How to Help Your Kids Make Friends

children making friends
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You would think now that the world’s gone digital and kids post puppy filter photos of each other on Snapchat from anywhere, at any time, worrying about your child’s social life is no longer necessary. Well, that is so not the case. While many children are fortunate enough to have outgoing personalities that make them popular, not all the kids are cool. And some are so shy making friends is terrifying.  With a new school year around the corner, parents want their children to have fun and the generous support of a real time social network. Here are some tried and true methods for your child to make friends no matter who they are.

Offer a Compliment to Three Kids Each Day: Who doesn’t love getting a compliment? Compliments often break the ice and launch a conversation. Encourage your child to say one nice genuine thing to three different students each day.

 

Practice Active Listening: Often kids have conversations where everybody’s butting in or speaking all at once. So if your child is able to listen patiently in conversation before responding the act is sure to garner respect and likability. Teach your child to actively listen to others. Encourage them to repeat what is said, ask questions, and make connections off conversations.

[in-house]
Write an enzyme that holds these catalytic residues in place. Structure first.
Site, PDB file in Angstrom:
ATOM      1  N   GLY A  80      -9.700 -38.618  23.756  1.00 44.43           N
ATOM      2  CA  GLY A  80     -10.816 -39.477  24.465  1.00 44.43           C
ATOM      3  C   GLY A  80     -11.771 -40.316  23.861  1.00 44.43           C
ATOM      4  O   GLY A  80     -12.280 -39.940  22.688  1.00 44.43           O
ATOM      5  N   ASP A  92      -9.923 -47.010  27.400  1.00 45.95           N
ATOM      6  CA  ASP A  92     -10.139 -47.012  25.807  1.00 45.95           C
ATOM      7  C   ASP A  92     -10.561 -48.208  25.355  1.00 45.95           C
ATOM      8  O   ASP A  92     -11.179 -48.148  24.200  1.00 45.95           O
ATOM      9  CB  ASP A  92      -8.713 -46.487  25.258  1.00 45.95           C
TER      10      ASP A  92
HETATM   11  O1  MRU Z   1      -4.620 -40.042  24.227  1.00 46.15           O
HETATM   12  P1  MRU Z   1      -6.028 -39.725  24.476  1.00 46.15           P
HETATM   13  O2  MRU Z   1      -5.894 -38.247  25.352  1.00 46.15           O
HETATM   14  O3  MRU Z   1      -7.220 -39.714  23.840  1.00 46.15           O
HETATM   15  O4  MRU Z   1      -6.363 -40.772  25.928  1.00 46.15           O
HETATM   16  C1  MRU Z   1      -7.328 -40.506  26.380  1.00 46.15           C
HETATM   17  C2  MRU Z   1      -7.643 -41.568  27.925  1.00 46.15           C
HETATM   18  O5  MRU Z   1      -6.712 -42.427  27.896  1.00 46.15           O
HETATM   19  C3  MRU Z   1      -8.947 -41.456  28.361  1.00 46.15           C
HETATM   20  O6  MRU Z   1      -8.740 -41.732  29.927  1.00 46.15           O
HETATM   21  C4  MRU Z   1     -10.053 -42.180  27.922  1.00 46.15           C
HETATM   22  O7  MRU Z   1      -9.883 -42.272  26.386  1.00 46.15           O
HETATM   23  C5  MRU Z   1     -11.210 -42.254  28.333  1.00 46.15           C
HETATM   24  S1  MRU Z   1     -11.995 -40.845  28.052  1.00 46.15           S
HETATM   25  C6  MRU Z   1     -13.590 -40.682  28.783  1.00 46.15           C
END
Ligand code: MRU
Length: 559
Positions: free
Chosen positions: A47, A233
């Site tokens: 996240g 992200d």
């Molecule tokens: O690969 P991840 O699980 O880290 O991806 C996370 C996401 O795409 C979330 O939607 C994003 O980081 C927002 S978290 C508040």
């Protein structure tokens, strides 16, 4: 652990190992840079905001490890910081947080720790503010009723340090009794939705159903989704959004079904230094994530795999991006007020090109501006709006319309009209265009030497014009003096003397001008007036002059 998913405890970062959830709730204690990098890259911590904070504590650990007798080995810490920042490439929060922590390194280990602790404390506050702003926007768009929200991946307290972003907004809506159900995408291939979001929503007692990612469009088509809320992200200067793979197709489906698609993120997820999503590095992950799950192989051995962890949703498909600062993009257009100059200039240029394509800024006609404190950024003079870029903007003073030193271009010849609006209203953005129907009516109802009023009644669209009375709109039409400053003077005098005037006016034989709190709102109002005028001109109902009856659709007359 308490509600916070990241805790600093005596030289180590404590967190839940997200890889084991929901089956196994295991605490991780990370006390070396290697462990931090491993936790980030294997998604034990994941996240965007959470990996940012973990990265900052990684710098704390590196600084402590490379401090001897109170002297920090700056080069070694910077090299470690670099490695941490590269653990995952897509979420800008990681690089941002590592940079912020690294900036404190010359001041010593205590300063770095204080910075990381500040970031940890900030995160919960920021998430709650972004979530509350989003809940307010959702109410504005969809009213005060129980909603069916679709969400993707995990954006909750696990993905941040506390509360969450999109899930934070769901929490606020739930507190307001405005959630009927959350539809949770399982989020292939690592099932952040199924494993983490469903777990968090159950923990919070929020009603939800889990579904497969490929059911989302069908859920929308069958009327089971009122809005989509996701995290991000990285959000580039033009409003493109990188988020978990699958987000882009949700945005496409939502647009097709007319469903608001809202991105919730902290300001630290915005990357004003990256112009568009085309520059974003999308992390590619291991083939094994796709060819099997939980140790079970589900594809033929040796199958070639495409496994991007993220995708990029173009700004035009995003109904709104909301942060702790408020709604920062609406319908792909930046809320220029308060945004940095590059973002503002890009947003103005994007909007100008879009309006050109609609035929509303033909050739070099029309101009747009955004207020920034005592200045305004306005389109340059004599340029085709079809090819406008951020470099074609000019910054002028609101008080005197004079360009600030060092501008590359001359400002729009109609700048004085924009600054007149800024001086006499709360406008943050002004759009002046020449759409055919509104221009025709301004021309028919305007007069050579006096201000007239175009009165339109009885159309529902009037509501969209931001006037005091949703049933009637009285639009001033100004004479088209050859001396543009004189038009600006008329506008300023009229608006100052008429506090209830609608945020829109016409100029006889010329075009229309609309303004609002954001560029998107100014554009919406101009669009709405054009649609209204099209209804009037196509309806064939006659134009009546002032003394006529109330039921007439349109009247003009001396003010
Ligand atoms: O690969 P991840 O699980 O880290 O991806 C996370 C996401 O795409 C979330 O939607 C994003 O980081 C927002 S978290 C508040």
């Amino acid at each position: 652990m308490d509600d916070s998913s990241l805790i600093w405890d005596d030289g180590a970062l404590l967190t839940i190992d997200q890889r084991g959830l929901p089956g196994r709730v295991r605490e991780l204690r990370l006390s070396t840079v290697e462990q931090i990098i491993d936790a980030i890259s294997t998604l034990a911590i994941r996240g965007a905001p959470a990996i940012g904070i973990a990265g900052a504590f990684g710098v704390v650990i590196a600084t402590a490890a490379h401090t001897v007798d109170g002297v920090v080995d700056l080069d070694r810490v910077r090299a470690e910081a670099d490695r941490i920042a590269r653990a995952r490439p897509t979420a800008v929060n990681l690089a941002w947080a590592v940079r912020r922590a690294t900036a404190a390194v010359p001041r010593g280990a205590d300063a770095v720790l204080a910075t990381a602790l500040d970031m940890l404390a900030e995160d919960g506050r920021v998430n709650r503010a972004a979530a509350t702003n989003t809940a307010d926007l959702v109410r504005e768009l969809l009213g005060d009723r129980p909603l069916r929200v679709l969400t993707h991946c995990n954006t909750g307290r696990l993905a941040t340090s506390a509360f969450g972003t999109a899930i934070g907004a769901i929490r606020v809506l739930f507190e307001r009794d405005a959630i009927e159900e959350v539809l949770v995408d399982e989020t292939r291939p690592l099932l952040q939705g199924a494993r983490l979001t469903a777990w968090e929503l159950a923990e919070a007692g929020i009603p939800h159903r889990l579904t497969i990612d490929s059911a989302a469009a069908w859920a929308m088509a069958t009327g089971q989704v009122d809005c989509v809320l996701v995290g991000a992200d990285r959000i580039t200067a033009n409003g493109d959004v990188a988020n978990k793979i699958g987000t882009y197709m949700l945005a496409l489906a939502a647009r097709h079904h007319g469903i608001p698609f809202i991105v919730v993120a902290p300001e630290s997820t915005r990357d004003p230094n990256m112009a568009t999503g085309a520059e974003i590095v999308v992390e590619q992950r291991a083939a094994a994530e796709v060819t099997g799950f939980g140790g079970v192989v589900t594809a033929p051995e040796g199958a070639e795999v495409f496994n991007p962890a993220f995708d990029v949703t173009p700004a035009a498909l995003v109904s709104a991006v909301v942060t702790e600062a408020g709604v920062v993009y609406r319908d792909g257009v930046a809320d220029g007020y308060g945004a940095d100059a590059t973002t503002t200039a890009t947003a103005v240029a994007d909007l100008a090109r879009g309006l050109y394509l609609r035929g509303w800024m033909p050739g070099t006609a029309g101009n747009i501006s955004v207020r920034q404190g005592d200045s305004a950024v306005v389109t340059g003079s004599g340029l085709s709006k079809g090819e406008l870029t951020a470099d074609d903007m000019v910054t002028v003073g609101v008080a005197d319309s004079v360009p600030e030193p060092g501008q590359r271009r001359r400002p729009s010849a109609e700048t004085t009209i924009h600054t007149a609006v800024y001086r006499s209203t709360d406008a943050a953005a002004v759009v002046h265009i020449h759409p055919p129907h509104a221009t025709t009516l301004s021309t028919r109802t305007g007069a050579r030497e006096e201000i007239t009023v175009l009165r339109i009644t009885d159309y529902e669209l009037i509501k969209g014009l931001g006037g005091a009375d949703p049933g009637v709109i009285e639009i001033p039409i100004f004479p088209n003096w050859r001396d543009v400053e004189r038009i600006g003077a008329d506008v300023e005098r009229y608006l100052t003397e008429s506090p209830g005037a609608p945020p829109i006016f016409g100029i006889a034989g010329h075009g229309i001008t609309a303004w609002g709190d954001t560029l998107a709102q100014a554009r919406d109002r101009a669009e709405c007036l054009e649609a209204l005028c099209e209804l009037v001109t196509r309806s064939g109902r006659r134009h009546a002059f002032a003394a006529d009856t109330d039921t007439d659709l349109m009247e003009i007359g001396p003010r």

Beware of Becoming a Tattletale: Teach your kids the difference between tattling and telling. Explain telling involves reporting  to the teacher when another child (or your child) is harmed, is sick, or is being bullied. Let your child know that some kids are mischievous and while that may be uncomfortable for a more “by the book” child, sometimes the situation is not that serious.

 

Be Helpful: Tell your child if a classmate is in need of a pencil or other school supply, to lend a hand. Help students who are on crutches by carrying their bag or lunch. Your child can invite kids over after school or ask others to the library to study together especially if there’s a quiz coming up. Being nice is still a virtue even as society has moved into snarkier times.

 

As you explain these tips to your children also let them know the difference between real friendship and being taken advantage of. When your child makes an effort to navigate the tricky territory of relationship building he or she is gaining invaluable life skills. And now that your child is learning to become a social dynamo, mamas out there be prepared with popcorn and pizza for all those impromptu slumber parties that await you!

 

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